Table 1 approximates dominant error probability for each detector architecture, assuming independent pair errors. The number in parentheses indicates bit errors required to accept the current pattern as the sync field pattern. Settings for the best over-all error rate may be in the dashed boxes.
TABLE 1__________________________________________________________________________Detector ##STR1##__________________________________________________________________________ ##STR2## ##STR3## ##STR4## ##STR5## ##STR6## ##STR7##__________________________________________________________________________
Determining The Sync Field Patterns
For a sync field of length N and a binary alphabet, there are 2N possible unique sync field patterns. Therefore, N=9 yields 512 unique patterns and N=18 yields 262,144 unique patterns. One of the best patterns among these 2N patterns is the one that minimizes jointly P(D0 |H1) and P(D1 |H0). From the analyses above, important factors in this minimization are N, dH, BER (PER) and T. Another important fact is the position of the sync field with in the sync detection internal; that is, how soon the sync field is encountered after beginning the sync pattern detection process. This has a direct effect on tradeoffs between patterns and condition which minimize P(D0 |H1) at the expense of P(D1 |H0) and vice versa.
(Both sync pattern lengths of interest, N=9 and 18, are examined. P(D0 |H1) should be dominated by the selection of T, for a given N and BER (PER). P(D1 |H0) should be dominated by the selection of dH and T (T/dH), for a given N and BER (PER). A larger N allows a larger dH which allows a larger T. Because of these relationships, for any BER (PER) and N, the largest dH possible is desired. Table 1 above then indicates the proper value of T.
First, the effect of Hamming distance, dH, is determined. The Hamming distance in region R4 704 is 0. The goal, therefore, is to have dH be as large as possible for all shifts of the sync field detector over R1 701 to R3 703 and in R5 705 (data). FIG. 14 shows the Hamming distance of two particular 18 bit sync field patterns for all shifts over the range of R1 701 to R4 704. R4 is point 0; R3 703 is points -1 to -17; R2 702 is point -18 (-N); 18 points of R1 701 are shown from -19 to -36. In order to determine the sync pattern, a series of screens is employed to eliminate unacceptable sync patterns. These screens are applied serially. The first screen for sync field patterns is that the minimum dH over all shifts of the detector from R1 to R3 must be at least dHmin. When the preamble is an all 1s pattern, a first screen speeds up the search for the sync pattern by rejecting any pattern that has less than dHmin 0s. Table 2 shows the number of N-bit patterns that have a Hamming distance of at least dHmin over all shifts in R1 701 to R3 703. Table 3 lists the specific patterns of interest. The patterns shown in FIG. 14 are the 18-bit patterns 2 and 3 in Table 3.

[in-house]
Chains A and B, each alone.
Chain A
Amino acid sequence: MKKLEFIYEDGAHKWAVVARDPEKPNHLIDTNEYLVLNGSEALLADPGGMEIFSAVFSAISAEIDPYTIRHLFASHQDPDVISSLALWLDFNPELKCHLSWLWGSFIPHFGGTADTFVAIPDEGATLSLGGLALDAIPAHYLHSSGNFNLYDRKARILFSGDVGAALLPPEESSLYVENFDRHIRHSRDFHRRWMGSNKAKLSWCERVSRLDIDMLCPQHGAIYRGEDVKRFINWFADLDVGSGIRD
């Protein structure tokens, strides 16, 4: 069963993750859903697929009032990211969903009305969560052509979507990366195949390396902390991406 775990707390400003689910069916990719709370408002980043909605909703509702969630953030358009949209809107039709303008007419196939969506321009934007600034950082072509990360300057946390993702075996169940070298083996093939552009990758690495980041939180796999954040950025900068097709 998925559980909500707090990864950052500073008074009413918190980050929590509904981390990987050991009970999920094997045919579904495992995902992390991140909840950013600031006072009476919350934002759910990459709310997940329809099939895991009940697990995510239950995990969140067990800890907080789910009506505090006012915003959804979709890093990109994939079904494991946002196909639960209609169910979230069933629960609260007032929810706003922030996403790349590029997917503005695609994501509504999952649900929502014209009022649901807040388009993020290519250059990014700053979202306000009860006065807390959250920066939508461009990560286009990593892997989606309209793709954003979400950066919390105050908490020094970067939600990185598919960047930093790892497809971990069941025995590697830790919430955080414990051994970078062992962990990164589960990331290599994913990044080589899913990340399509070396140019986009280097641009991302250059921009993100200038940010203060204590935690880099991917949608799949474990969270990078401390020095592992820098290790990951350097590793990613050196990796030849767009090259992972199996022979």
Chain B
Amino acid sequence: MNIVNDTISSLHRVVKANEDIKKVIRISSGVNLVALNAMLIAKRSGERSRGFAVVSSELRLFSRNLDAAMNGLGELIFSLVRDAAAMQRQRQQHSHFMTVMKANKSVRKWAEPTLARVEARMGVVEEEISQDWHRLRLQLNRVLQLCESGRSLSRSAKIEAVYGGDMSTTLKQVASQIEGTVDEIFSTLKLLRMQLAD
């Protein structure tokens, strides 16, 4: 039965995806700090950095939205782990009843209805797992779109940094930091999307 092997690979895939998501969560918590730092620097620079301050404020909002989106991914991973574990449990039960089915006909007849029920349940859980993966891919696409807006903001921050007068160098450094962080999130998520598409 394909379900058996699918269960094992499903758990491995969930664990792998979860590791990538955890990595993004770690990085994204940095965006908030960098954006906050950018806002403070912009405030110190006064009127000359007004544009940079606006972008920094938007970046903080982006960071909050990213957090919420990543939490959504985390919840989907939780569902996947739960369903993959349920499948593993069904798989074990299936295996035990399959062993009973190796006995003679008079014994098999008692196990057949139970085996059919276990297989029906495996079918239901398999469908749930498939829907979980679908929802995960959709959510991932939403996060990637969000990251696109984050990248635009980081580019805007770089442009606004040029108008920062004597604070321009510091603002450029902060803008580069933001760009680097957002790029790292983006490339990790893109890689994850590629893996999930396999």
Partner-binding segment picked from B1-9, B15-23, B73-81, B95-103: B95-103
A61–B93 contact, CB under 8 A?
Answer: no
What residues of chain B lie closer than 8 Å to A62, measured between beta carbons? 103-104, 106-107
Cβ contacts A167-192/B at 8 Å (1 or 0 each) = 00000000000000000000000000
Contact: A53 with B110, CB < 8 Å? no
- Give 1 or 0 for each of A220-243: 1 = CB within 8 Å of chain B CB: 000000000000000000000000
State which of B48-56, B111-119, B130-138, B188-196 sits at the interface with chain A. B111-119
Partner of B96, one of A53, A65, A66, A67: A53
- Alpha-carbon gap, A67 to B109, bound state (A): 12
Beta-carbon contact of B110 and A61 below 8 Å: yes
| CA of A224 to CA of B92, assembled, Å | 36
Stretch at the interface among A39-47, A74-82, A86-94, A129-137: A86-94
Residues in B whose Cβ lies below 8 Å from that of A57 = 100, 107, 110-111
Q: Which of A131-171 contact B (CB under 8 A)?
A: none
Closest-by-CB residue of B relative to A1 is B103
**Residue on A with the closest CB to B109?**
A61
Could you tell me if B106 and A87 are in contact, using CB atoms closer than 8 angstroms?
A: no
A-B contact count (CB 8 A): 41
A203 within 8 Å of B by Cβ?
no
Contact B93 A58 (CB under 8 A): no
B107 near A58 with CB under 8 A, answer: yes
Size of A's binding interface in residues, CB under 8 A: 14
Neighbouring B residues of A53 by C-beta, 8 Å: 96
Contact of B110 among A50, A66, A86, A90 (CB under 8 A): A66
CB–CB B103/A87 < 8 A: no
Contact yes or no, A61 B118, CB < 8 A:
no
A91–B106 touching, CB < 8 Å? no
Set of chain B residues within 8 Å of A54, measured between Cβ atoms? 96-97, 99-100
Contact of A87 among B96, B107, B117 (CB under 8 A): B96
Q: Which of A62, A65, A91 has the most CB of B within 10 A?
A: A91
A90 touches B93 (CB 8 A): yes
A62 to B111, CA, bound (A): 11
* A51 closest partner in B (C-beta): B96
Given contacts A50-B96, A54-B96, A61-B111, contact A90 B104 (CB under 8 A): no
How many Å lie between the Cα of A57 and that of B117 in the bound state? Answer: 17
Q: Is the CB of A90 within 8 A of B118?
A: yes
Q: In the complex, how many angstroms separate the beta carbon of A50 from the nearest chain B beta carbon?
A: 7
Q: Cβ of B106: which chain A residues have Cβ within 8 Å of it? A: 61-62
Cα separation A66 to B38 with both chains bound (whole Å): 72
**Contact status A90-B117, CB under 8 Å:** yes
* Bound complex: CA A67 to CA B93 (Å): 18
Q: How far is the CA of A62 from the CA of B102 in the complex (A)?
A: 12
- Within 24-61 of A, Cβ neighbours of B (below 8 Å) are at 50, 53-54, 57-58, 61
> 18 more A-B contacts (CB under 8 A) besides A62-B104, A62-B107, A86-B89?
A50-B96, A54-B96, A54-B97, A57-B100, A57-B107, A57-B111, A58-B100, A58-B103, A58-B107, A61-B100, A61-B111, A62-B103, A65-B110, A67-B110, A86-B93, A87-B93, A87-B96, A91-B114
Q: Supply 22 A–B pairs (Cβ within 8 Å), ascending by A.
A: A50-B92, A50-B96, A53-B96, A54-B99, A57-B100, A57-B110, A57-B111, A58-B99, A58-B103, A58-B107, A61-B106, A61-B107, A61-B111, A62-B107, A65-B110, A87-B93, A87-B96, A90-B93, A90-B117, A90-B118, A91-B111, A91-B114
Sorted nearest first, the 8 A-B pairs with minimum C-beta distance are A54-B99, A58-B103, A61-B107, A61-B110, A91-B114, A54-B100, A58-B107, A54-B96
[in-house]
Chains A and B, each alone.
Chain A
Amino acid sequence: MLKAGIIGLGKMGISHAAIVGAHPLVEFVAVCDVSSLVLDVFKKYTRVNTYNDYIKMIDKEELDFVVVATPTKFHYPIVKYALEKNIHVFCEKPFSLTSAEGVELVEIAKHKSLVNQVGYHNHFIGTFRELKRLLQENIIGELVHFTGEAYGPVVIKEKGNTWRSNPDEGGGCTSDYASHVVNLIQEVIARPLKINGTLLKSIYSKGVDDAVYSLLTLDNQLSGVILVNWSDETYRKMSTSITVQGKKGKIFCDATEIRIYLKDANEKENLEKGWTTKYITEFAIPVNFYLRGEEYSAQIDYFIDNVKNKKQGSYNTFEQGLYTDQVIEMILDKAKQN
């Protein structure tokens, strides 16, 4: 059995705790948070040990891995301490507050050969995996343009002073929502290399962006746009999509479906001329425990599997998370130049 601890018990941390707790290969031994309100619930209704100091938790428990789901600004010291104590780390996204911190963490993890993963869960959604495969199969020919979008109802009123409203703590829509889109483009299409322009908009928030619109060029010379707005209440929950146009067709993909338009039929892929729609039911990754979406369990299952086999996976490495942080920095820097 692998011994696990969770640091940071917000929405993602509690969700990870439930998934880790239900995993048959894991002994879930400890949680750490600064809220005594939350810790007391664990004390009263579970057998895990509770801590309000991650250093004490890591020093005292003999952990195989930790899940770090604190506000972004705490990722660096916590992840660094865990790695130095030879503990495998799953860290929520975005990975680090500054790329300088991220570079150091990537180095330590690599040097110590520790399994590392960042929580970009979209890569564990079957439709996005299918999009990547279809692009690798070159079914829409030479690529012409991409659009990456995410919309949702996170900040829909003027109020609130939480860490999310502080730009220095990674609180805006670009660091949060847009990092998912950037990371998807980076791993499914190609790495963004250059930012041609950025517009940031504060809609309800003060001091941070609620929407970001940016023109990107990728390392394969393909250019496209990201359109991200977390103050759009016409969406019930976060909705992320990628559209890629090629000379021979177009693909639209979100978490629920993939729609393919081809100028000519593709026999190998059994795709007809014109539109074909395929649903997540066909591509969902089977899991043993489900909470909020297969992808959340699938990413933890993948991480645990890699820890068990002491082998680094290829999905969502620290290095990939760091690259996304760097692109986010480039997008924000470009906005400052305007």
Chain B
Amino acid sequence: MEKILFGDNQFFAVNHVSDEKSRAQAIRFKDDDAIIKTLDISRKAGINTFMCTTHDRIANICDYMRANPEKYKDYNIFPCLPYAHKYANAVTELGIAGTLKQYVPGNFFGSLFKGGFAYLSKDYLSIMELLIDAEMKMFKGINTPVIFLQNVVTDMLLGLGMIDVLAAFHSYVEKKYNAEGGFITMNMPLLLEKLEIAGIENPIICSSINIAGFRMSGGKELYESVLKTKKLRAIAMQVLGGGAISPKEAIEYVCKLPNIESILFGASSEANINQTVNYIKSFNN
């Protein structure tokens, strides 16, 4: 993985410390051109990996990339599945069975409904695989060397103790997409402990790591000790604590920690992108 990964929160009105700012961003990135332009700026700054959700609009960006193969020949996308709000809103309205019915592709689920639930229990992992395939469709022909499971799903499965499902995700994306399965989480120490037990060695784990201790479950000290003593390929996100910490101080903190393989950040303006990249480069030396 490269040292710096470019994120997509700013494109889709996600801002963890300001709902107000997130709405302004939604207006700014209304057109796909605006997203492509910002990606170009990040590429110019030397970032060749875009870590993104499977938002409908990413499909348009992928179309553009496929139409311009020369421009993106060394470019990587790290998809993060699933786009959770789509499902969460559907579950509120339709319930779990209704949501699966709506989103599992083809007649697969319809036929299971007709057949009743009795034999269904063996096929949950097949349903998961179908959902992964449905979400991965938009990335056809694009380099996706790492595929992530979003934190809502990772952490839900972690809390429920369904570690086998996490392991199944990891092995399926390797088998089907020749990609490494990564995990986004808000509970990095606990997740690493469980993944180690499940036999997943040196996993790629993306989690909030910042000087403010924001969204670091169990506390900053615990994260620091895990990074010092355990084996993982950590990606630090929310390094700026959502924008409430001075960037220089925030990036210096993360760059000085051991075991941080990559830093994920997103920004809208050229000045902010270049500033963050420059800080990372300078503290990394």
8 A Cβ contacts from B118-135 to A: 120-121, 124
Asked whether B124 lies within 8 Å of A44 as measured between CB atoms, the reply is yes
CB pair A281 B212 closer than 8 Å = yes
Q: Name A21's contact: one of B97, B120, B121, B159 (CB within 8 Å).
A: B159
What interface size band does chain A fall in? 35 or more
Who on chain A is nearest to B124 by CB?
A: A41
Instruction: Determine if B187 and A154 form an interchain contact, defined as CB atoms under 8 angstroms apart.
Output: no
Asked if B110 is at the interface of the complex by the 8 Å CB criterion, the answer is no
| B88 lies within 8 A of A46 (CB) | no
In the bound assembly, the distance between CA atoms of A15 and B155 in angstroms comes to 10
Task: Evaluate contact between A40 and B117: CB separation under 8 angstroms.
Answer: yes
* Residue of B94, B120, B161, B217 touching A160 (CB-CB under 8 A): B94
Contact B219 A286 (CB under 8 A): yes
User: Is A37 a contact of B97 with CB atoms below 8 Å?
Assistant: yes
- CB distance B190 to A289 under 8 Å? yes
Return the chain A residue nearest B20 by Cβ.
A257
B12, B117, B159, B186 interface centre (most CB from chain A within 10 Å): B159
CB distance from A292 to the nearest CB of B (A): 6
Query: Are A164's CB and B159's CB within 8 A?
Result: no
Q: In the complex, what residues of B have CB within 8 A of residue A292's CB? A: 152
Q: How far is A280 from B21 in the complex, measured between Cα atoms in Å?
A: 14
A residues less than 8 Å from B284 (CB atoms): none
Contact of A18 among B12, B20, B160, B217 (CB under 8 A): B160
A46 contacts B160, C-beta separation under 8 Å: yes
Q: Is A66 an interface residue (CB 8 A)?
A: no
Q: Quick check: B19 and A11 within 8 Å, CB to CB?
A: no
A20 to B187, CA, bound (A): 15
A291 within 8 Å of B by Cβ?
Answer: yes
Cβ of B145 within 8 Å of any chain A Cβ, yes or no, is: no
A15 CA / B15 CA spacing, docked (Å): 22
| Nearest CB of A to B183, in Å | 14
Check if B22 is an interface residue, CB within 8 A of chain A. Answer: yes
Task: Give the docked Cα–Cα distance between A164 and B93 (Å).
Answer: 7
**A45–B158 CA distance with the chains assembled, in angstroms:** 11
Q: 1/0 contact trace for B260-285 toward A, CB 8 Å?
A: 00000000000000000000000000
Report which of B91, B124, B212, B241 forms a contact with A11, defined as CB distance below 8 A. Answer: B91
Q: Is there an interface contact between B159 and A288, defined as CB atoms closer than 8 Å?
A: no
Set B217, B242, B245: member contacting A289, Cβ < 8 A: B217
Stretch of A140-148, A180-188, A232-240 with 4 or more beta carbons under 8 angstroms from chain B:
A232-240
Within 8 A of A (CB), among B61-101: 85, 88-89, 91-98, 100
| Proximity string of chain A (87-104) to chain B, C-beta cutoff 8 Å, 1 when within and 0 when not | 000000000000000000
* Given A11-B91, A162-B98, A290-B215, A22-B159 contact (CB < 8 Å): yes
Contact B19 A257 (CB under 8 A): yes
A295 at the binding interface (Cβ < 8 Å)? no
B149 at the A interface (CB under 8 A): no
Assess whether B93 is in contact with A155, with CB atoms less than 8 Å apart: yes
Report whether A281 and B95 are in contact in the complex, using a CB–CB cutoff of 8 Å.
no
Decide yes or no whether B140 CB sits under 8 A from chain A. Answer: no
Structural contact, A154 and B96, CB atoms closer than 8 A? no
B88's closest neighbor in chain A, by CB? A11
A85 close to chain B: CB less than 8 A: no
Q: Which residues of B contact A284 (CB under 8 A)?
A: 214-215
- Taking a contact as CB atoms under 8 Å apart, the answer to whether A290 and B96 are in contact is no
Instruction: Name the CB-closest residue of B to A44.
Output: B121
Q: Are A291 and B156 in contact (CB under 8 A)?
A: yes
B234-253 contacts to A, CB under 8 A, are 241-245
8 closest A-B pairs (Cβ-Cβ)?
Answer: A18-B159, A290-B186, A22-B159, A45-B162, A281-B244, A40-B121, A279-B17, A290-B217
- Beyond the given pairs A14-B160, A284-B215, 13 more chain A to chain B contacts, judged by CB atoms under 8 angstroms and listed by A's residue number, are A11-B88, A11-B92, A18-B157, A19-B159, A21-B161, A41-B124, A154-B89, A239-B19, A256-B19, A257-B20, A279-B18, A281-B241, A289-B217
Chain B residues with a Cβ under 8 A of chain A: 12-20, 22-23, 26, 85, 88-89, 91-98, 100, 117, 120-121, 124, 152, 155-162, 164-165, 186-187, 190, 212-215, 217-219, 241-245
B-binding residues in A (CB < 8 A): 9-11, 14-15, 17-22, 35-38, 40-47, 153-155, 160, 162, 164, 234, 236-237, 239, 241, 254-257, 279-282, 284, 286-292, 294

Table 2 illustrates number of N-bit sync field patterns with dH≧dmin.
TABLE 2__________________________________________________________________________N dHmin = 4 dHmin = 5 dHmin = 6 dhmin = 9 dhmin = 10 dHmin = 11__________________________________________________________________________9 119 7 018 2215 4 0__________________________________________________________________________
TABLE 3__________________________________________________________________________Candidate Sync Field Patterns.N Pattern After Pre-coder (1/(1⊕D2) dHmin__________________________________________________________________________ 9 1* 000010110 000010010 5 2 000011010 000011101 3 000100101 000101110 4* 000101001 000100001 5* 000101101 000100100 6 000110010 000111101 7 010000110 01010110118 1 000001100110101001 10 2 000011001001010111 000011110100010011 3 000100010110100111 000101000111010011 4 000100011101001011__________________________________________________________________________
This first screen for Hamming distance greatly reduces the number of patterns which must be considered in order to obtain the sync screen. Selection of one of the patterns which represent the dHmin in Table 3 increases the probability of correct sync field detection and the probability that the detection device will not enter region R5 705.
The BER (PER) during the sync pattern is also an important factor, but it affects all implementations and patterns similarly. BER (PER) is linked to SNR, so one would like to select a pattern which maximizes SNR during synchronization. Hence, the spectral content of each surviving candidate sync pattern from the previous screens is compared with that of the ideal or predetermined PR4 response for example. Sync patterns whose energy is concentrated in the center of the PR4 response are favored because they are expected to have a higher SNR compared to other candidate patterns.
FIG. 15 shows the spectra of the seven 9-bit patterns. Patterns 1, 4 and 5 are preferred because their energy is concentrated more closely in the center of the PR4 spectrum. The remaining patterns can be disregarded.
FIG. 16 shows the spectra of the two surviving 18-bit candidates to be evaluated. Neither pattern is clearly the preferred; number 2 may be slightly favored. Because its energy appears to be more concentrated in the center of the PR4 spectrum. These sspectra were calculated by taking the FFT of a waveform constructed using sinc functions to achieve the ideal band-limited PR4 impulse response of +10-1.